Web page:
I have written some Solidity code, with a setter method createId to write a name-value pair to contract storage, and a getter method getPermissions to get the value associated with a particular name. It works correctly in browser-solidity (In screenshot below, createId was called before getPermissions).(attached screenshot)

Then, I used the web3 Javascript API from a NodeJS app to send a contract-deploying transaction to a Parity (Ethcore) node, connected to a private chain. That transaction gets mined. Using the JSON RPC API eth_getTransactionReceipt, I can get the transaction receipt, which has the contract address. However, when I send a JSON RPC API eth_getCode request with the contract address, all I get is: { "jsonrpc": "2.0", "result": "0x", "id": 1 }

To test whether it is just the eth_getCode not working correctly, I used the JSON RPC API eth_call to call the setter (which has no return value) to set a value, but calling the getter returns an empty result, too. The screenshot shows that the correct value was returned by the getter in browser-solidity.

Is there something I am missing? Thanks a lot for your help.

EDIT: Some additional information. I compiled and deployed the following Solidity code:

contract test { function double(int a) returns(int) { return 2*a; } }

In this case, eth_getCode returned the compiled code, given the contract address. Also, I invoked the double(int) method twice (with 2 different input values) using eth_call JSON RPC API, and got the correct return value in both cases.

Does that mean there is something wrong with the other contract's code (which is more complex than this test contract), even though it works correctly in browser-solidity? Are there any known issues in browser-solidity which would cause this? Does this give a hint about what problem in that contract could be?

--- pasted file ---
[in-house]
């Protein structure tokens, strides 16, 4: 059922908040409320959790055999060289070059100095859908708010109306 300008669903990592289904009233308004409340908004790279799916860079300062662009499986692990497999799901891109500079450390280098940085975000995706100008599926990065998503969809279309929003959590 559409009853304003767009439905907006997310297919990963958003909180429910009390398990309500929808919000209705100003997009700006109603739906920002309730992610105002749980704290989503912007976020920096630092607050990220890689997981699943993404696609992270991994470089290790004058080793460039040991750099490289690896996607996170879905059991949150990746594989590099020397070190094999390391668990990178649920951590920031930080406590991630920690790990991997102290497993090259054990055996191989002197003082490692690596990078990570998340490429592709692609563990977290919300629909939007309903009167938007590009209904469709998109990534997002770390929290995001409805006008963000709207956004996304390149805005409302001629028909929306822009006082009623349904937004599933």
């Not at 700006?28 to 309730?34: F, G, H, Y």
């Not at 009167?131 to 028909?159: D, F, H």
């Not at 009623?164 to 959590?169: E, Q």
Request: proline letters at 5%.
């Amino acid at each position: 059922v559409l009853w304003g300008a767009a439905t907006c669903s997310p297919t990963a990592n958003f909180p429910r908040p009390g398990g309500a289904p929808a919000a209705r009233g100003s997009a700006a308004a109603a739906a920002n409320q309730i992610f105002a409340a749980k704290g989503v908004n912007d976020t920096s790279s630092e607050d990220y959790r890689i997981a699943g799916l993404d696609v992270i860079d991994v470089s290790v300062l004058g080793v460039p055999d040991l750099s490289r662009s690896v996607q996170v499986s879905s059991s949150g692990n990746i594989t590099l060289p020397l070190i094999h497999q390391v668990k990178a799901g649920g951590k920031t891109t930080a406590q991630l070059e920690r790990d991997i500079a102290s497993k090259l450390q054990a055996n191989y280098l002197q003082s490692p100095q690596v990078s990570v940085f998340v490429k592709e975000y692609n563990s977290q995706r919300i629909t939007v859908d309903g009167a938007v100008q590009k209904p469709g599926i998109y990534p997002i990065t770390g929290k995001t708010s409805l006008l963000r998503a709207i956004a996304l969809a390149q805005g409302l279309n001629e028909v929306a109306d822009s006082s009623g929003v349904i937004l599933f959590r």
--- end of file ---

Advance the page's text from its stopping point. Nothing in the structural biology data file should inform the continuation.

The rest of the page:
The Solidity source, which works correctly in browser-solidity:

pragma solidity ^0.4.7;

contract owned {
  address owner;
  function owned() {
    owner = msg.sender;

contract mortal is owned {
  function kill() {
    if (msg.sender == owner) selfdestruct(owner);

contract IdMgmt is mortal {

  struct acl {
    string dataType;
    string permissions;

  mapping (address => acl) public aclOf;

  function IdMgmt() { }

  function createId(address _user, string _dataType, string _permissions) {
    aclOf[_user].dataType = _dataType;
    aclOf[_user].permissions = _permissions;

  function getPermissions(address _user, string _dataType) constant
    returns (string userPermissions) {

    if (stringsEqual(aclOf[_user].dataType, _dataType)) {
      userPermissions = aclOf[_user].permissions;
    else {
      userPermissions = "NO DATA";

  function stringsEqual(string _a, string _b) internal returns (bool) {
    bytes memory a = bytes(_a);
    bytes memory b = bytes(_b);
    if (a.length != b.length) {
      return false;
    for (uint i = 0; i < a.length; i ++) {
      if (a[i] != b[i]) return false;
    return true;
  • Possible duplicate of How to call a contract method using the eth_call JSON-RPC API
    – niksmac
    Mar 7, 2017 at 1:44
  • Please see my later EDIT. The issue is that eth_getCode does not return any code at the contract address. However, when a much simpler contract was deployed, eth_getCode does return the deployed code. So there is possibly some issue in the contract code, even though the deployment transaction gets mined and receipt shows a contract address. The root cause is not related to eth_call Mar 7, 2017 at 1:52
  • If you suspect issue in solidity source, why are you not posting the source? stackoverflow.com/help/mcve
    – niksmac
    Mar 7, 2017 at 1:54
  • Added the code. It was only after I saw eth_getCode returning deployed code correctly for a much simpler contract that I thought the problem could be in the Solidity code. Mar 7, 2017 at 1:58
  • Now, your question is submitted for re-open will be live soon.
    – niksmac
    Mar 7, 2017 at 2:02

1 Answer 1


This issue is resolved. It turned out that the IdMgmt contract was not actually deployed due to insufficient gas. The contract was deployed and methods worked when I supplied more gas.

The simpler test contract with just one function to return double its integer input needed less gas, so it worked.

Makes sense but it would be good if the logs had shown that, but the logs just showed it being successfully mined. Also, in the Parity browser UI, it showed the contract as deployed and address was shown. So everything looked good.

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